Six months later, I graduated with my MA in Educational Media, earning a 4.0 throughout that program. I was filled with enthusiasm for my growing field and the ample job possibilities that existed-just not in the area where I was located. I re-crafted my LinkedIn profile, reached out to mentors, updated my resume, and I began to have some job interviews, but nothing panned out. Most of the jobs were located back an hour away from where we were stationed. I began to feel hopeless and just felt stuck, not just because a door wasn’t opening but sometimes the companies interviewing me just left me hanging. I consistently had to follow up for weeks and weeks, just to finally get another rejection. What did I not have that others did?  I speak 2 languages, have nine years of higher education experience, a special education background, I’m a skilled trainer, tech savvy, and have an innovative spirit. I also had my Master of Arts degree and several recent certifications in adult and online learning. This is a common theme in the military spouse world. Too often, we are passed up for opportunities without an explanation that makes sense. Then, we begin to doubt ourselves and our own amazing qualities and abilities.

While I continue to figure out ways to grow and reinvent myself and my career, I also realized that a very important lesson in all of this is knowing what my worth and value is. The unemployment and underemployment issues in the military spouse world can truly take a toll on your value and self-worth. We typically are forced to take positions that aren’t the best fit, because it’s the only open door we have been given. We’re miserable and working for purely a paycheck, and not for the reasons why we invested so much money and time in a college education to find joy in the work we do.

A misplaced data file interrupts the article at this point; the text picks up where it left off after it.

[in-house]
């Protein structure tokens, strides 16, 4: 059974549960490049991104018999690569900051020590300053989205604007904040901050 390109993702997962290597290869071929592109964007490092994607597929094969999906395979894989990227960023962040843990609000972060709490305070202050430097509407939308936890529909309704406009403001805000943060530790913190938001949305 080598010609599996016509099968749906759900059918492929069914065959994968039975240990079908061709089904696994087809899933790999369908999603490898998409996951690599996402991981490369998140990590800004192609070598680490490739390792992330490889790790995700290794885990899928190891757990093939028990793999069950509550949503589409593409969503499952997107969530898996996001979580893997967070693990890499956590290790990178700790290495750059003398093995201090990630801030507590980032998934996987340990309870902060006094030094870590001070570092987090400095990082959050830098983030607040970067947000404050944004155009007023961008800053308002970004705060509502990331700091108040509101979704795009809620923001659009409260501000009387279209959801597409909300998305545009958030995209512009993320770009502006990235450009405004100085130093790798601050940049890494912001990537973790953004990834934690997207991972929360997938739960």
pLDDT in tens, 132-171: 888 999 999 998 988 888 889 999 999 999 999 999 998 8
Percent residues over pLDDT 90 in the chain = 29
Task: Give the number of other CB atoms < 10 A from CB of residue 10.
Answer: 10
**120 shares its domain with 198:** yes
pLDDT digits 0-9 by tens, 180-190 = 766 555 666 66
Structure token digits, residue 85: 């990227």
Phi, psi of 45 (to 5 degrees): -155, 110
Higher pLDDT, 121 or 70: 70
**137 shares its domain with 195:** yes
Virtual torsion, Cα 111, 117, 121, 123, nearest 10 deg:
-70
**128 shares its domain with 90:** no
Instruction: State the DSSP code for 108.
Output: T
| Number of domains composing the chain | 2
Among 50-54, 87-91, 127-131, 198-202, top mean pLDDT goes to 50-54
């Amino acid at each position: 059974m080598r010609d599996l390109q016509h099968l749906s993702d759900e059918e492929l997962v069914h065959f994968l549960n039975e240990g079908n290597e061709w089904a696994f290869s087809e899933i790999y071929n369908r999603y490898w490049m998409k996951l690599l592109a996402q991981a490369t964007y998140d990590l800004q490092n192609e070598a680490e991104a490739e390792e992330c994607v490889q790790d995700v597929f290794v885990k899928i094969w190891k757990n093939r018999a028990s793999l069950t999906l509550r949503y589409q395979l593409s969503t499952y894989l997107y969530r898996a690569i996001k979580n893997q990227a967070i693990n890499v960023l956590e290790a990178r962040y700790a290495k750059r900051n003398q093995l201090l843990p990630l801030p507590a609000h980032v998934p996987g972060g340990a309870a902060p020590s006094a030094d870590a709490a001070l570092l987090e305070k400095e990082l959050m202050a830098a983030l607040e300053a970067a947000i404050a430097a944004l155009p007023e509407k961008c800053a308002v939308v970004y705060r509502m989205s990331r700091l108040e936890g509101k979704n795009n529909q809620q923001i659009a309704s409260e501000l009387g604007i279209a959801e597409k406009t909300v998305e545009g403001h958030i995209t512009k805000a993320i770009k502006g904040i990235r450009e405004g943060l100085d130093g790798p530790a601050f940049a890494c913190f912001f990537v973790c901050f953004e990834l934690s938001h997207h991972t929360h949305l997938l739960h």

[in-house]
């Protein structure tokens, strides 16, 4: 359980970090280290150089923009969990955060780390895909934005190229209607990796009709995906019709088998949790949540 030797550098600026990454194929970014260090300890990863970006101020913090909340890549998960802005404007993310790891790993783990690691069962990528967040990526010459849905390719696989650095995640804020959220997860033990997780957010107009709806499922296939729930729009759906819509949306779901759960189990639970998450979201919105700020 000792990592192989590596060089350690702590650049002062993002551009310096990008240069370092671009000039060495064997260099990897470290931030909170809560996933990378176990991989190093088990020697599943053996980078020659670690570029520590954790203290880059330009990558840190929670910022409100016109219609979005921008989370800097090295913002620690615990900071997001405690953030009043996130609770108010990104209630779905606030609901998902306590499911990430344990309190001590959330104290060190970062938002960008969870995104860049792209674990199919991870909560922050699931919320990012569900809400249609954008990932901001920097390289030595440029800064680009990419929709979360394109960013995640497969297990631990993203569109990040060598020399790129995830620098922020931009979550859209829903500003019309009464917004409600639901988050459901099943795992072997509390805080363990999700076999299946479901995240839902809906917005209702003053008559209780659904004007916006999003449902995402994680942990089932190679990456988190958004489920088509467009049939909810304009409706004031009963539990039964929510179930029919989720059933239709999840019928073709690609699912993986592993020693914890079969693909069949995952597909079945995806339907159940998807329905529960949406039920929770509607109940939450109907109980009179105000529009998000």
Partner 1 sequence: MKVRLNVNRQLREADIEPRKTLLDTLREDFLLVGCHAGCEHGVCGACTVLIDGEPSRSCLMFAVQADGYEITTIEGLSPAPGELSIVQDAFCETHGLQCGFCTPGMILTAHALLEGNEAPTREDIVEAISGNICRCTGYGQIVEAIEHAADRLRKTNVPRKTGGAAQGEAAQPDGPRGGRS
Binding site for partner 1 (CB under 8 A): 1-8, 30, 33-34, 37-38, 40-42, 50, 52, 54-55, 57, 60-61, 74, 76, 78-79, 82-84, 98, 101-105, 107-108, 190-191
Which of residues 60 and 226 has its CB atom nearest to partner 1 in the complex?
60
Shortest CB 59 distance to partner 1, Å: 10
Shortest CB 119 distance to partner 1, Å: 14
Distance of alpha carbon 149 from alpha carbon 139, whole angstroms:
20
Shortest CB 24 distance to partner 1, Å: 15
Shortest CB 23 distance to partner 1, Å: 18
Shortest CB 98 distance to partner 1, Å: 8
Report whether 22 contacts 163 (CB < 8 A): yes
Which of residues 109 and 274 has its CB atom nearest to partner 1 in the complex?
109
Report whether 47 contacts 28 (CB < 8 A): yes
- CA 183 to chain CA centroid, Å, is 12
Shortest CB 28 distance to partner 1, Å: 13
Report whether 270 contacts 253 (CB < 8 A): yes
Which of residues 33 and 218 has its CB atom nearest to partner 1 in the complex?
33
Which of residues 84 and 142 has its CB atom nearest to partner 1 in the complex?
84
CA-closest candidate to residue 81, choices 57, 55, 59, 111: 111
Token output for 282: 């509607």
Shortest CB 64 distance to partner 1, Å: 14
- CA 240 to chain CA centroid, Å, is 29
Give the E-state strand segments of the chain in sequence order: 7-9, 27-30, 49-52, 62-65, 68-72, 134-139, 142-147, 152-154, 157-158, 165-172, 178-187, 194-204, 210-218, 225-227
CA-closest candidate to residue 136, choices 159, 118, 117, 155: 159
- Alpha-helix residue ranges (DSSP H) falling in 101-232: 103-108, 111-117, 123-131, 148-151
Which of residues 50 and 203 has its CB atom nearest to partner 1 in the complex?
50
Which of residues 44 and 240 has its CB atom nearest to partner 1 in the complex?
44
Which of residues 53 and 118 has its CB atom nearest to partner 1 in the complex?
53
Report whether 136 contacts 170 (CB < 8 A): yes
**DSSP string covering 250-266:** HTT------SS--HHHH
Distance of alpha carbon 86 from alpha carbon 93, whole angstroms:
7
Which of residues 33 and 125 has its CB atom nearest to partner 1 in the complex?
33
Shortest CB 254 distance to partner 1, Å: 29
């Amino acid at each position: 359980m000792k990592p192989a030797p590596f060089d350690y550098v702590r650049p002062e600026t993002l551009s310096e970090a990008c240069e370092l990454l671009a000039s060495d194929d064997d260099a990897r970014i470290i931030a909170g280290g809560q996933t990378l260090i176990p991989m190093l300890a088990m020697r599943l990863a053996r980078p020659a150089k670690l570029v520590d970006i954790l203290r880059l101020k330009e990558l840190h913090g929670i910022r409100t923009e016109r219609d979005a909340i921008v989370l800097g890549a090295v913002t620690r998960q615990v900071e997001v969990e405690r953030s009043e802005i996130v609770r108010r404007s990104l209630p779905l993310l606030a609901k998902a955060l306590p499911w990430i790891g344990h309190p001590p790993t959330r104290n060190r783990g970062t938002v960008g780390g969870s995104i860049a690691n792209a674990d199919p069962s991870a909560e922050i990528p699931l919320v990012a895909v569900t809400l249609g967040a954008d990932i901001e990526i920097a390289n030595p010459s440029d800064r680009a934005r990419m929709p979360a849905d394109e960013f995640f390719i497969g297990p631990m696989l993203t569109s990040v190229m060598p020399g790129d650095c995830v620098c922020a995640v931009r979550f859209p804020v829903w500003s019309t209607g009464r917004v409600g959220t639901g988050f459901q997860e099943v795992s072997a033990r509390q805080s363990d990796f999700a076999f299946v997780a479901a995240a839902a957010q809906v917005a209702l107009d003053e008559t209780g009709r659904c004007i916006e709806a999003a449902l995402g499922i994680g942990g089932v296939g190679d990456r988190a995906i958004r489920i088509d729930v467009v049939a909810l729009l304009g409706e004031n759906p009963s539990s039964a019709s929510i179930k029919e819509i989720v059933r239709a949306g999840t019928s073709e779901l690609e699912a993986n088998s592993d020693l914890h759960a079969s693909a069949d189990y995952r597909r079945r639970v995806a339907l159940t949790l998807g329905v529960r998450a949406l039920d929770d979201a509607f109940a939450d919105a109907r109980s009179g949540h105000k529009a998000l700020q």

When I look back at the nine years I spent at a top notch institution in higher education, I can remember clearly what it was that kept me there for so long;

  • Respect: I was treated like a professional-even when I was a rookie and fresh out of college with only a Bachelor’s degree.
  • Innovation: My ideas were always heard with an open mind and innovation was appreciated.
  • Personal Fulfillment: Every day, I knew that what I was doing made a difference. I could see it in my students at the end of every semester. That joyful feeling inside watching people succeed and being a tiny part of that is not something that money can buy.